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Nature Notes: innovative tidal marsh restoration at Sturgeon Bank

A sediment delivery pipeline.

Posted on March 27, 2024

The project aims to restore receded tidal marshes by introducing fine sediment onto the tidal flats, enhancing natural processes disrupted by human interventions on the Fraser River over the past century.

The culmination of more than 12 years of research, planning, and lessons learned, the Sturgeon Bank Sediment Enhancement Pilot Project has completed a second year of restoration on the coast of Richmond.

The project aims to restore receded tidal marshes by introducing fine sediment onto the tidal flats, enhancing natural processes disrupted by human interventions on the Fraser River over the past century.

The primary goal of the project is to foster tidal marsh restoration in the short term, with a broader vision to scale up the initiative across Sturgeon Bank and potentially apply the concept to other areas within the Fraser River delta for long-term restoration success. Ducks Unlimited Canada (DUC) is one of the partners leading the project alongside Raincoast Conservation Foundation, Tsawwassen First Nation, and the Lower Fraser Fisheries Alliance. The project is funded by the BC Salmon Restoration and Innovation Fund, with additional funding from the Pacific Salmon Foundation, Tsawwassen First Nation, the Vancouver Fraser Port Authority, and Nature Force.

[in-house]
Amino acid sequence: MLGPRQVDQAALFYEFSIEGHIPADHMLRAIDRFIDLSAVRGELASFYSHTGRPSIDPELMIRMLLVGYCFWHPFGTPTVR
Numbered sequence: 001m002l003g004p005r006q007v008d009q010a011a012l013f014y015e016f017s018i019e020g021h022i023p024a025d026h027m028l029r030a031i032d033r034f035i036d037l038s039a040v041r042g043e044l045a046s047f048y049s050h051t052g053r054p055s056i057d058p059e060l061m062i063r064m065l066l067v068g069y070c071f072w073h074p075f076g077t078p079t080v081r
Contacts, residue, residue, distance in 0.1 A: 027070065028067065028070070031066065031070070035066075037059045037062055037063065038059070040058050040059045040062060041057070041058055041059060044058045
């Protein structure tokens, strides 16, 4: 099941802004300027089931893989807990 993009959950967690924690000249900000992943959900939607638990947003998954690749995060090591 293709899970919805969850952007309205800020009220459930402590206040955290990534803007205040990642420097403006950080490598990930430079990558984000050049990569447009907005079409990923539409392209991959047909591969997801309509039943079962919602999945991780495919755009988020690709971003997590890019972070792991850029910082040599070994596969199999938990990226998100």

The latest phase of the project took place during three weeks in February utilizing a temporary sediment delivery pipeline stretching approximately 1.4 km, pumping silt onto Sturgeon Bank.

Last year’s addition involved mostly larger-grained sand, while 2024 entailed enhancing the area with a finer-grained silt.

“What sets this initiative apart is the innovative approach to sourcing sediment,” said Eric Balke, Senior Restoration Biologist for DUC. “By collaborating with an existing dredging project at Captain’s Cove Marina in Ladner, the project repurposes fine sediment that would have otherwise been disposed of at sea. It showcases an environmentally beneficial way of repurposing dredged sediment to restore crucial tidal marshes, contributing to community resilience while mitigating coastal flooding risks.”

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